Rosie Report.

Season 2 | Episode 10: The future of work in marketing with Jessie Kernan


The future of work in marketing with Jessie Kernan

Frida Polli, CEO and co-founder of Pymetrics, passes the mic in our final episode of the season to We Are Rosie’s own Jessie Kernan, Head of Strategy and Insights as well as Executive Consultant for Outside Wave, a marketing & business consultancy for progressive and purpose-driven brands and agencies. The two discuss the future of work in marketing and what has changed about the landscape in 2020.



Frida: Hi, I’m Frida Polli, CEO and co-founder of Pymetrics and you are tuned into the final episode of the Rosie Report podcast, season two. This season, each guest from the previous week – that would be me in this case – talks to another rebel for good, change-maker, who bravely opted out of traditional employment and turned their life’s work towards a mission but is also changing the paradigm of work.

Last week, I talked to Becky Morrison about the future of equality in production. This week I’m so excited to chat with Jessie Kernan, We Are Rosie’s very own Head of Strategy and Insights as well as Executive Consultant for Outside Wave. Welcome, Jessie. It’s going to be so fun to close out the season with you, so let’s get right into it. Are you ready?

Jessie: Yes, I’m ready. Thanks so much.

Frida: Absolutely. Okay. Cool. So, my first question for you, which I was glad to answer last week is how do you best describe what you do?

Jessie: Well, I created this podcast. No, actually it is kind of funny because to close out this season, you get to pass the mic back to me at, We Are Rosie on the podcast created by We Are Rosie.

Frida: That is amazing.

Jessie: Yes. So, here at We Are Rosie, I lead strategy and insights, which essentially encompasses our value proposition, our marketing, data analytics and insights and our strategic partnerships. But what we are all really doing at We Are Rosie is paradigm shifting the marketing and advertising industry by creating opportunity for people, particularly those who’ve been marginalized and underrepresented to work on terms that work for them.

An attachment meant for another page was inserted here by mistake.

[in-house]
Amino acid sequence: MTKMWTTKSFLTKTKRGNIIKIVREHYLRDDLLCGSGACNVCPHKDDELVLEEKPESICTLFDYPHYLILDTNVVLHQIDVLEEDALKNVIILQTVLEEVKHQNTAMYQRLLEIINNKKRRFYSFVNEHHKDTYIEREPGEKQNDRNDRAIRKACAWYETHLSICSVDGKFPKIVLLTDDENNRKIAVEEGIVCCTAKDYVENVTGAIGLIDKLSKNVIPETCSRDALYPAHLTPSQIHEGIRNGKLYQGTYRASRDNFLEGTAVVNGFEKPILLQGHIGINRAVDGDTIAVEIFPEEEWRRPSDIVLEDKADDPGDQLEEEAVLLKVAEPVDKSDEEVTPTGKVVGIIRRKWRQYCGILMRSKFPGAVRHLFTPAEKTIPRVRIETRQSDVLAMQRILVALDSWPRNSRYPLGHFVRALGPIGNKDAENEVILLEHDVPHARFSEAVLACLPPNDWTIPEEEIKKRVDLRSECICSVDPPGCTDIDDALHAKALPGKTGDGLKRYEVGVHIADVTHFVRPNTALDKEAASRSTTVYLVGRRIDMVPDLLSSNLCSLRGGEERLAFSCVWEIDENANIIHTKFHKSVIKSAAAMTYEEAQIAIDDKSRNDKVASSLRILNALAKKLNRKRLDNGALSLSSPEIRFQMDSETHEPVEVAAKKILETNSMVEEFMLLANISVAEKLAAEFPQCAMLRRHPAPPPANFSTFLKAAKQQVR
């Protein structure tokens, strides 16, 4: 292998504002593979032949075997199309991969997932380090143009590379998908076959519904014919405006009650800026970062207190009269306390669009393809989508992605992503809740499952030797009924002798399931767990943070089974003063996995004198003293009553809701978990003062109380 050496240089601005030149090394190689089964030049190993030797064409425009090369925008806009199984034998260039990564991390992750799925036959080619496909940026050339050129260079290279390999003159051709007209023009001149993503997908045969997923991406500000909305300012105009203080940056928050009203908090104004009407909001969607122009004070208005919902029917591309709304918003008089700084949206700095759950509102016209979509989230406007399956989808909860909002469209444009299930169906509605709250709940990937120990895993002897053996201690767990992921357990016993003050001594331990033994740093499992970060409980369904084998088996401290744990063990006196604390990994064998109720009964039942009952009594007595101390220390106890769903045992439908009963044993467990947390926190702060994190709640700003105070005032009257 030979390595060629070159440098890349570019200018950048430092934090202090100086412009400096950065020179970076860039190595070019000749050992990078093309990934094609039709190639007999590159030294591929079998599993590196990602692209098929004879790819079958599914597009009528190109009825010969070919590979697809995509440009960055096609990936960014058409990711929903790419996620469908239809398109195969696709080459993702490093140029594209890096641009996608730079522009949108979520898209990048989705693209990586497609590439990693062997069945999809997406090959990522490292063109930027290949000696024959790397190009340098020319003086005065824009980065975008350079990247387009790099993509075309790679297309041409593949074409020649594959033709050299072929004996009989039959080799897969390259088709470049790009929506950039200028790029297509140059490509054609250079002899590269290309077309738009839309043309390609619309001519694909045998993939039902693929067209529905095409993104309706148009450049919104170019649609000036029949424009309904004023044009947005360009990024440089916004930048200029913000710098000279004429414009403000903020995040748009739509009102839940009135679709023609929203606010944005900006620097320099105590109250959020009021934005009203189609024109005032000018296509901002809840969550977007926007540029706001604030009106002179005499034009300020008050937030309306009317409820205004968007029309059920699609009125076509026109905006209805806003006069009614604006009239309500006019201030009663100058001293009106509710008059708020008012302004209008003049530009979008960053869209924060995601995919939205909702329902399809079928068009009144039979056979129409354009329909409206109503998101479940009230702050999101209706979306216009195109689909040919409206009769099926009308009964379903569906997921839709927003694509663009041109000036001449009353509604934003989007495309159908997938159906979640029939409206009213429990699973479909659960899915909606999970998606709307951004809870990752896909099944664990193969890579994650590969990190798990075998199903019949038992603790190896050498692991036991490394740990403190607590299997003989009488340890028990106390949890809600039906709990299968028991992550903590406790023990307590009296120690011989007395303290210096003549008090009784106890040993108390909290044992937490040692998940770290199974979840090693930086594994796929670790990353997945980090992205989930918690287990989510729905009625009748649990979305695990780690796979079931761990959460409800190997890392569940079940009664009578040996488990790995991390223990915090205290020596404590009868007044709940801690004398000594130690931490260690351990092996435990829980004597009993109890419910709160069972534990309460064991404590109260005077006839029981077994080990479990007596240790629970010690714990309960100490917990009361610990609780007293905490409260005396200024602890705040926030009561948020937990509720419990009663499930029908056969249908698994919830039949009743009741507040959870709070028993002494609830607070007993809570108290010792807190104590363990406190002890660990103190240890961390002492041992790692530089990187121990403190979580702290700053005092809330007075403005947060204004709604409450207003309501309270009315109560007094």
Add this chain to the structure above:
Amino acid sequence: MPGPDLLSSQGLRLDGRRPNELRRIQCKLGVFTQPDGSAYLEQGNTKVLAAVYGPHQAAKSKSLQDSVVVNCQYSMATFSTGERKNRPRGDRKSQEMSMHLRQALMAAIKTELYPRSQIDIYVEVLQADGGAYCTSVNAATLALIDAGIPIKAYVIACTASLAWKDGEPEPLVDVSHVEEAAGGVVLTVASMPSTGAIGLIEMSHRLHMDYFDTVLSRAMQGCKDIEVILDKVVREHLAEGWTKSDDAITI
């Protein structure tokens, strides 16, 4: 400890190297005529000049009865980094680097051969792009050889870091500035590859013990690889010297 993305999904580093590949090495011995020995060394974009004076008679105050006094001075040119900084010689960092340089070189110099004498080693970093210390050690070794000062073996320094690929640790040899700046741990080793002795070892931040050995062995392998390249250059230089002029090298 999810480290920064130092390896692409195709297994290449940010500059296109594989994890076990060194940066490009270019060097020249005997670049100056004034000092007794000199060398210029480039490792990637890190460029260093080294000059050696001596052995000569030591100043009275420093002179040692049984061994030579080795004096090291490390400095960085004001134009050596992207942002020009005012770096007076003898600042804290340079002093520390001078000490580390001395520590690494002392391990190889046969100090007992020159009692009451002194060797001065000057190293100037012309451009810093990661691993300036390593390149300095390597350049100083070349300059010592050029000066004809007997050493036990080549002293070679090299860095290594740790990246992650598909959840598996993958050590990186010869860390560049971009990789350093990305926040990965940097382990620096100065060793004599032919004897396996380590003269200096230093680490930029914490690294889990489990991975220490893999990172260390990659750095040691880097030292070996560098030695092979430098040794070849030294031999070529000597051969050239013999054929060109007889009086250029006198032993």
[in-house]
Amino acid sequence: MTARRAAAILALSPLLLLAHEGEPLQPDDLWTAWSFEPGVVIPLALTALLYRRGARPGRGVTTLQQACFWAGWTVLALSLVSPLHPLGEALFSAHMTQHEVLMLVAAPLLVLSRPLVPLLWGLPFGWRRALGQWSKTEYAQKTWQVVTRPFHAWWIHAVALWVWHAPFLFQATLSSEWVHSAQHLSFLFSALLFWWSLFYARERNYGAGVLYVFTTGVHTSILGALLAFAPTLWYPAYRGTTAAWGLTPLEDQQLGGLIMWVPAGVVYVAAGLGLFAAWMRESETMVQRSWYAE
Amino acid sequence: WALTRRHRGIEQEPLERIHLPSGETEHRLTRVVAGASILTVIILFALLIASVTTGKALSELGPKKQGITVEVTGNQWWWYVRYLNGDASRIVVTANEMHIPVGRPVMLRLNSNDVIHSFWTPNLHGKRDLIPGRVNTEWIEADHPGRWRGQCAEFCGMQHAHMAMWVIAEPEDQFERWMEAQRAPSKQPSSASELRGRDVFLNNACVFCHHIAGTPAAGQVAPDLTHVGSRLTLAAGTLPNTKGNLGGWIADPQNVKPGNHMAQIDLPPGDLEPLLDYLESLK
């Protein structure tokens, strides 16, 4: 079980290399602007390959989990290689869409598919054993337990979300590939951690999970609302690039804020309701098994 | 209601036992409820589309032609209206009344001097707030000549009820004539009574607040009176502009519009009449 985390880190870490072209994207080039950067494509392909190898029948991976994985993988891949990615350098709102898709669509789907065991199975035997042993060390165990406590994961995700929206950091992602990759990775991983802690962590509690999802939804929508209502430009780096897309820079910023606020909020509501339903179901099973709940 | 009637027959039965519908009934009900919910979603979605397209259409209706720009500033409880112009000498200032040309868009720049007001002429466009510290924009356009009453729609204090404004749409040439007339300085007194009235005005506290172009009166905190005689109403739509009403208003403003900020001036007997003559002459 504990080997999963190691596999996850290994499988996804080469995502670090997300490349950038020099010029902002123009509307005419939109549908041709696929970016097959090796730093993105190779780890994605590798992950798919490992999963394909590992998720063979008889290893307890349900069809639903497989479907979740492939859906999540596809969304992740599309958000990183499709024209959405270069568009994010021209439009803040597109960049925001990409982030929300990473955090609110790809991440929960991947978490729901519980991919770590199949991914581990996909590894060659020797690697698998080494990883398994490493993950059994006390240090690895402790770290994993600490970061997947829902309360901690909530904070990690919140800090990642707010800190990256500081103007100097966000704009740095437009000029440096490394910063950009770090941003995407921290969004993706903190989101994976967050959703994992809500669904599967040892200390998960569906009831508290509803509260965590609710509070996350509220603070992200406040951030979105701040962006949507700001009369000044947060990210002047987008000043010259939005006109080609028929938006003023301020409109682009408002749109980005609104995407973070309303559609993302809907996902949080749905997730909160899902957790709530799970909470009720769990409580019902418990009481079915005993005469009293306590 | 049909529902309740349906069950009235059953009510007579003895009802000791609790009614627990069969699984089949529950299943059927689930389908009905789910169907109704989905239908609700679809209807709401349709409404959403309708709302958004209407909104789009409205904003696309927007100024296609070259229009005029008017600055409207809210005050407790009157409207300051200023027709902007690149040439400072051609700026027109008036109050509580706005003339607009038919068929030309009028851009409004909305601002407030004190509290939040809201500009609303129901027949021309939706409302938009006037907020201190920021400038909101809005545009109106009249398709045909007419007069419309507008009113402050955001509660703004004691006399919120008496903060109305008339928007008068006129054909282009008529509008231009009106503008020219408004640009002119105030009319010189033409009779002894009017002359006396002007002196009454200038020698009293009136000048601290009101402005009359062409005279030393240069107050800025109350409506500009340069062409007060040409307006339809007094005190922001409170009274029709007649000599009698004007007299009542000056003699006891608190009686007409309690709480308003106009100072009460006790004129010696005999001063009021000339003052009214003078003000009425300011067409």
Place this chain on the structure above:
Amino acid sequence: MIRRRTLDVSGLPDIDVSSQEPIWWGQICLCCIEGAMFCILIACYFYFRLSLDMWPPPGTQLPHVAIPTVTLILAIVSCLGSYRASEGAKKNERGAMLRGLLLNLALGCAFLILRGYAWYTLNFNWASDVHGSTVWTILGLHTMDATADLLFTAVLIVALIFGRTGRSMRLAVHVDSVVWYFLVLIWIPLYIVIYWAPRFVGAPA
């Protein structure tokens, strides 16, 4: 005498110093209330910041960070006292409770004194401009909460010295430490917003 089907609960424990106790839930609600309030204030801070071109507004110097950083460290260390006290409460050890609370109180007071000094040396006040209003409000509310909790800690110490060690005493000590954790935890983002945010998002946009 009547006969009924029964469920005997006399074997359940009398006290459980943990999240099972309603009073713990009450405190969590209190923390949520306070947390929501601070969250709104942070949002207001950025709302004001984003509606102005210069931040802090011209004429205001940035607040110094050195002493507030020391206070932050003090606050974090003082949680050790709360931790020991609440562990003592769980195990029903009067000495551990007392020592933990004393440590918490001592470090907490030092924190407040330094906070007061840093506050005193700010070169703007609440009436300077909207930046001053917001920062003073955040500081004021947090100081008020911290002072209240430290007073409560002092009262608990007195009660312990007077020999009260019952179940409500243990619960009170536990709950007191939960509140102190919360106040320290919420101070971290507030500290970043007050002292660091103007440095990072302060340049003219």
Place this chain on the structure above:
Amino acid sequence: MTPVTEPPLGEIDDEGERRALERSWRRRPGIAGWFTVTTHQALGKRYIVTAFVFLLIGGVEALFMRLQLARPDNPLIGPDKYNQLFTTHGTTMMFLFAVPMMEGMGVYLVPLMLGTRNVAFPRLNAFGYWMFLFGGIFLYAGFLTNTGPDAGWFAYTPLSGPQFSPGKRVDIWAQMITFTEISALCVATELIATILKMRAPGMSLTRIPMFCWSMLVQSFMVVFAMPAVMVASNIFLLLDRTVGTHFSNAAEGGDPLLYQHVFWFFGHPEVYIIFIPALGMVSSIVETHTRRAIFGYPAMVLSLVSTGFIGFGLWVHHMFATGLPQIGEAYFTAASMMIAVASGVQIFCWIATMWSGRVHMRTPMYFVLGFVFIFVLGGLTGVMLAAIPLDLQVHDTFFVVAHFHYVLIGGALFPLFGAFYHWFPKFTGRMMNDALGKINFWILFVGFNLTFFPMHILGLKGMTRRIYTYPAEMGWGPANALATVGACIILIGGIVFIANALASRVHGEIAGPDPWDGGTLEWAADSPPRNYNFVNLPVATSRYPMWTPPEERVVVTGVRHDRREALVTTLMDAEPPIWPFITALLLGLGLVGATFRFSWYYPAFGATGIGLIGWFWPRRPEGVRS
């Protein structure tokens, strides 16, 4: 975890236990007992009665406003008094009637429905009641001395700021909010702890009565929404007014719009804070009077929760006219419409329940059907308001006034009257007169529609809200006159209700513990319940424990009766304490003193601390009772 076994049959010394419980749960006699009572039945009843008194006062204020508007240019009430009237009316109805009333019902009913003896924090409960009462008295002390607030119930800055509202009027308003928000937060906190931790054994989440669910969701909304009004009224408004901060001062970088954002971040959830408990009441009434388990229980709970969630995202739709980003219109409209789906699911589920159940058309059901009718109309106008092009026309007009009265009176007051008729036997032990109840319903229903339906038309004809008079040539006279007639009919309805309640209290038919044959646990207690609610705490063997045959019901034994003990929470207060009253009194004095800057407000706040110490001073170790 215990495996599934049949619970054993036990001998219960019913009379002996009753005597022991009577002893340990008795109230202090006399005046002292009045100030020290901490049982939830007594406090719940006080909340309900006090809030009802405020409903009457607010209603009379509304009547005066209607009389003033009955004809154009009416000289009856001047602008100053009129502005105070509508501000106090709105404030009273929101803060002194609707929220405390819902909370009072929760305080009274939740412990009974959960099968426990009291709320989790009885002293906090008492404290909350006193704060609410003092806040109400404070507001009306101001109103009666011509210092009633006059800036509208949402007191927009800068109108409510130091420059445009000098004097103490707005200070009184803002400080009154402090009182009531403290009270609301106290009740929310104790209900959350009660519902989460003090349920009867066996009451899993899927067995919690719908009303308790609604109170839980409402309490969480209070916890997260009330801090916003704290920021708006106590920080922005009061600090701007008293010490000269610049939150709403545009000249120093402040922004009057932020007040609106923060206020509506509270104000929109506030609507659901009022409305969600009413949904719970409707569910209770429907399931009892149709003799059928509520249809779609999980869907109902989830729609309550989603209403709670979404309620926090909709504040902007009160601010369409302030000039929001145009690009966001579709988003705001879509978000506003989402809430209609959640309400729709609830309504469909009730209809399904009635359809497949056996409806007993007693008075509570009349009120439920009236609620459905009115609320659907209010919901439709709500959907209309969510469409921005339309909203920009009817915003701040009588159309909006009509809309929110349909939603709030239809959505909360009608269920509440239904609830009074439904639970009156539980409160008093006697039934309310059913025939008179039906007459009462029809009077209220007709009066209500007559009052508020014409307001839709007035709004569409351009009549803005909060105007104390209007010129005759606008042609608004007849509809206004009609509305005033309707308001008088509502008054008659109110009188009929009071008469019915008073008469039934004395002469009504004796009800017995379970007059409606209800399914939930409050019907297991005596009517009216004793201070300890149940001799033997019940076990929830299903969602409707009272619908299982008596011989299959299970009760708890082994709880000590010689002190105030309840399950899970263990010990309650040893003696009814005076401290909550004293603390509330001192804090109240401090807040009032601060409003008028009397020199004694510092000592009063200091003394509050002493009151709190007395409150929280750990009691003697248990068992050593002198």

Frida: That is awesome. What a very noble and ambitious goal that you have set your life work to. All right, onto question number two. You were doing this before 2020, what did you see that others couldn’t?

Jessie: It’s an interesting question. If you think about my relationship between We Are Rosie, excuse me, and what I was doing pre-2020, I actually joined We Are Rosie in 2020, but work wasn’t working for me personally for a really long time before that.

I was stuck in a toxic world trying to change it from the inside, which actually is a very common theme amongst the We Are Rosie team. I was leading diversity initiatives. I was creating new entities within the agency to try to overcome, or even insulate from some of the ugliness of the industry.

Then a little over two years ago, just kind of feeling ultimately the tension between the demands of work and being a new and sort of late in my career, mom, I left the industry and went independent. I stumbled across We Are Rosie in the middle of 2019, which had created this home for independent talent, like me, people with stories like mine.

I started working on the Rosie report in January 2020 and it was all about shedding light on this major shift of talent and this challenge that we had within the industry of marginalizing groups of people out because of the way that we worked and that I had actually personally been a part of that journey. I saw it, at that point leading into the Rosie report and the Rosie report was intended to illuminate it and then the pandemic.

Frida: And then that happened. That’s awesome. Well, it sounds like you were not that happy for a while… To satisfy it, let’s say for a while. What or was there a defining moment when you knew you had to take action?

Jessie: Yes, so in my career, I pretty much knew it wasn’t… I wasn’t long for the industry the day I was asked to take a very long business trip for a new business pitch as a new and exclusively breastfeeding mom in the same week that I returned from maternity leave. I was, “Yeah, I think this is probably not going to work the way that I thought it might. I may not get as much grace as I hoped I would.” And that was the day that my gears started turning on my career trajectory and in general.